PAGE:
Islamic State’s likely use of TBML will challenge AML officers

Islamic State (IS) has lost its position in Mosul, Iraq. This means the group will be seeking to shift its financial assets as well as its people out of its former stronghold.

Trade-based money laundering (TBML) will likely be used by IS, and this presents a major challenge to anti-money laundering (AML) officers according to the director of AML advisory at global risk and compliance consultancy, Matrix-IFS.

Complex web

Joshua Fruth maintains that IS fighters will retreat through human smuggling networks to other countries while its illicit proceeds from trade in black market oil and antiquities. kidnapping ransom and human trafficking will be spirited out of the area too.

Fruth, who maintains an active commission as a US Army intelligence officer, says IS will employ a broad range of money laundering typologies and create a complex geographic web of channels and operatives to flow its financial assets into new locations.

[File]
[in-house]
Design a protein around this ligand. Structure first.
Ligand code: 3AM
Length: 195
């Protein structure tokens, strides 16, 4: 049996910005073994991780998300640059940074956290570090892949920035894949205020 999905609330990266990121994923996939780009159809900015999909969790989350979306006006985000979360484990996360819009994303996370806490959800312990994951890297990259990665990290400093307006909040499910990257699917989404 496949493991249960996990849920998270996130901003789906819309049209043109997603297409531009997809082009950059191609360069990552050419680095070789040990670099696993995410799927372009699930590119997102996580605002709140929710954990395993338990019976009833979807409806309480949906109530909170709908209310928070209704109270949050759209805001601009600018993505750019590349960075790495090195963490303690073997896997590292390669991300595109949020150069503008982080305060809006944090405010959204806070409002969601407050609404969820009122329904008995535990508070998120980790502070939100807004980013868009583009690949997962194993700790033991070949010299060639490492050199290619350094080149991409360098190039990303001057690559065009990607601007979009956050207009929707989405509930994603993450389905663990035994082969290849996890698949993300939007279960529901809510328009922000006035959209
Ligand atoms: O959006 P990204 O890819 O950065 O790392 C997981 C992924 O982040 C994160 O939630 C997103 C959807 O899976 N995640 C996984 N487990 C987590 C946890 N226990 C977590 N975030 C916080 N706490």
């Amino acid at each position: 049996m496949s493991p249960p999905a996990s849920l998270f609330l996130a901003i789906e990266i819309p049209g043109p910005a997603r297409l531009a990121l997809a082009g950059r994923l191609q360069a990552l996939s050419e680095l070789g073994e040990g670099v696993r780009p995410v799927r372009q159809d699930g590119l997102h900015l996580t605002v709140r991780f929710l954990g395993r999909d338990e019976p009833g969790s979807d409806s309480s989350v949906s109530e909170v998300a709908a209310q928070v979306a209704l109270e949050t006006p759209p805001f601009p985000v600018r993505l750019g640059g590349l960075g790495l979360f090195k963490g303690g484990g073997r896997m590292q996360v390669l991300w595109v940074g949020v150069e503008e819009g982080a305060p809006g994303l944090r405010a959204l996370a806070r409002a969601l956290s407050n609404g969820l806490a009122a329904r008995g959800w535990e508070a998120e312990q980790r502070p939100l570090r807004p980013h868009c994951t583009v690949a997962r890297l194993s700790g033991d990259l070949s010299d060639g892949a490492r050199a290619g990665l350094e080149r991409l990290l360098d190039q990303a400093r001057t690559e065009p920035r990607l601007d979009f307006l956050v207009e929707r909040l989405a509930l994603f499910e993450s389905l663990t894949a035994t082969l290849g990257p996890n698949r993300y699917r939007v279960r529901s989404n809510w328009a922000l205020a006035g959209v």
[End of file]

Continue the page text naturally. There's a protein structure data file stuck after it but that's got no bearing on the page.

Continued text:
TBML typologies

He anticipates IS will employ at least two TBML typologies. The group will likely take a similar approach to the one adopted by Al Qaeda that involves the use non-profit organisations and shell or shelf companies.

IS will also be considering schemes similar to those adopted by Hezbollah, which uses a system employing seemingly legitimate front companies (Trade-based Financial Crime, 24 February 2017).

Compliance challenges

AML compliance specialists face new challenges according to Fruth, particularly now terrorism financing, which used to be predominantly financed by third parties, is now routinely self-financed through terrorists’ own criminal enterprises.

Senior IS leaders are highly educated and will launder illicit assets through outside individuals with legal, compliance, and accounting backgrounds.

Sanctions evasion

These individuals will likely understand the regulatory environment and know how to subvert conventional AML techniques and may take advantage of the lack of integration between know-your-customer and transaction monitoring within banking compliance programmes.

They will likely be well-versed in sanctions-screening evasion tactics, Fruth concludes.

Fruth’s commentary, Islamic State’s financial withdrawal poses big anti-laundering challenge, can be found here.

Categories: Trade Based Financial crimes News

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